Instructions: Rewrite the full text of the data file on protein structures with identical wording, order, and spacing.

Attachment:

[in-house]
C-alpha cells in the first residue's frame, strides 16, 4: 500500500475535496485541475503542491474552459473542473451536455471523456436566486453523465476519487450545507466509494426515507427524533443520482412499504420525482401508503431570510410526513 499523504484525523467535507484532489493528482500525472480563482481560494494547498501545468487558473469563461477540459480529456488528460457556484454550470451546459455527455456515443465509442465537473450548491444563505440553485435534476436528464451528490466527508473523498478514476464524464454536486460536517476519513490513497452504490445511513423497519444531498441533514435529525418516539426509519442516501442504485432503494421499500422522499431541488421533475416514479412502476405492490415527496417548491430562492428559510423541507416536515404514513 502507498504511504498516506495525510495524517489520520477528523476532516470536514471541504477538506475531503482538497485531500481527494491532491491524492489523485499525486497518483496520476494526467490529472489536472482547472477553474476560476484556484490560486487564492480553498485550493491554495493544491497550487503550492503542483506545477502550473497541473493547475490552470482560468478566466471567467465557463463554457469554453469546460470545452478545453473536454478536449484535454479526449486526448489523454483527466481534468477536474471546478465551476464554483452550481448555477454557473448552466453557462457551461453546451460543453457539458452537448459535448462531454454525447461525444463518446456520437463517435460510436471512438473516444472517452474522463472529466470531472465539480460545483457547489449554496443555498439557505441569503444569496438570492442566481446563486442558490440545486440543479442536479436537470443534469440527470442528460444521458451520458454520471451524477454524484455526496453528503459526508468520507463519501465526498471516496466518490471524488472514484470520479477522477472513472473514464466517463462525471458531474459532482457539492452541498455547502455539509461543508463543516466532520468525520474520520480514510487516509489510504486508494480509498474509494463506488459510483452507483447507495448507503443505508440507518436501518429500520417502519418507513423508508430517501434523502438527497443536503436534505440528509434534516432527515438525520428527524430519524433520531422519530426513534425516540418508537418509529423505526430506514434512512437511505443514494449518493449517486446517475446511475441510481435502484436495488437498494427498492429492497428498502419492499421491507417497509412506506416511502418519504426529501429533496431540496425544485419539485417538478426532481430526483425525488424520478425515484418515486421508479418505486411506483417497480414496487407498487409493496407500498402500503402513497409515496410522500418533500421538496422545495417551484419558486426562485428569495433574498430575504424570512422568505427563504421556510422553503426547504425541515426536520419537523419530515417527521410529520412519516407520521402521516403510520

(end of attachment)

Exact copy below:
[in-house]
C-alpha cells in the first residue's frame, strides 16, 4: 500500500475535496485541475503542491474552459473542473451536455471523456436566486453523465476519487450545507466509494426515507427524533443520482412499504420525482401508503431570510410526513 499523504484525523467535507484532489493528482500525472480563482481560494494547498501545468487558473469563461477540459480529456488528460457556484454550470451546459455527455456515443465509442465537473450548491444563505440553485435534476436528464451528490466527508473523498478514476464524464454536486460536517476519513490513497452504490445511513423497519444531498441533514435529525418516539426509519442516501442504485432503494421499500422522499431541488421533475416514479412502476405492490415527496417548491430562492428559510423541507416536515404514513 502507498504511504498516506495525510495524517489520520477528523476532516470536514471541504477538506475531503482538497485531500481527494491532491491524492489523485499525486497518483496520476494526467490529472489536472482547472477553474476560476484556484490560486487564492480553498485550493491554495493544491497550487503550492503542483506545477502550473497541473493547475490552470482560468478566466471567467465557463463554457469554453469546460470545452478545453473536454478536449484535454479526449486526448489523454483527466481534468477536474471546478465551476464554483452550481448555477454557473448552466453557462457551461453546451460543453457539458452537448459535448462531454454525447461525444463518446456520437463517435460510436471512438473516444472517452474522463472529466470531472465539480460545483457547489449554496443555498439557505441569503444569496438570492442566481446563486442558490440545486440543479442536479436537470443534469440527470442528460444521458451520458454520471451524477454524484455526496453528503459526508468520507463519501465526498471516496466518490471524488472514484470520479477522477472513472473514464466517463462525471458531474459532482457539492452541498455547502455539509461543508463543516466532520468525520474520520480514510487516509489510504486508494480509498474509494463506488459510483452507483447507495448507503443505508440507518436501518429500520417502519418507513423508508430517501434523502438527497443536503436534505440528509434534516432527515438525520428527524430519524433520531422519530426513534425516540418508537418509529423505526430506514434512512437511505443514494449518493449517486446517475446511475441510481435502484436495488437498494427498492429492497428498502419492499421491507417497509412506506416511502418519504426529501429533496431540496425544485419539485417538478426532481430526483425525488424520478425515484418515486421508479418505486411506483417497480414496487407498487409493496407500498402500503402513497409515496410522500418533500421538496422545495417551484419558486426562485428569495433574498430575504424570512422568505427563504421556510422553503426547504425541515426536520419537523419530515417527521410529520412519516407520521402521516403510520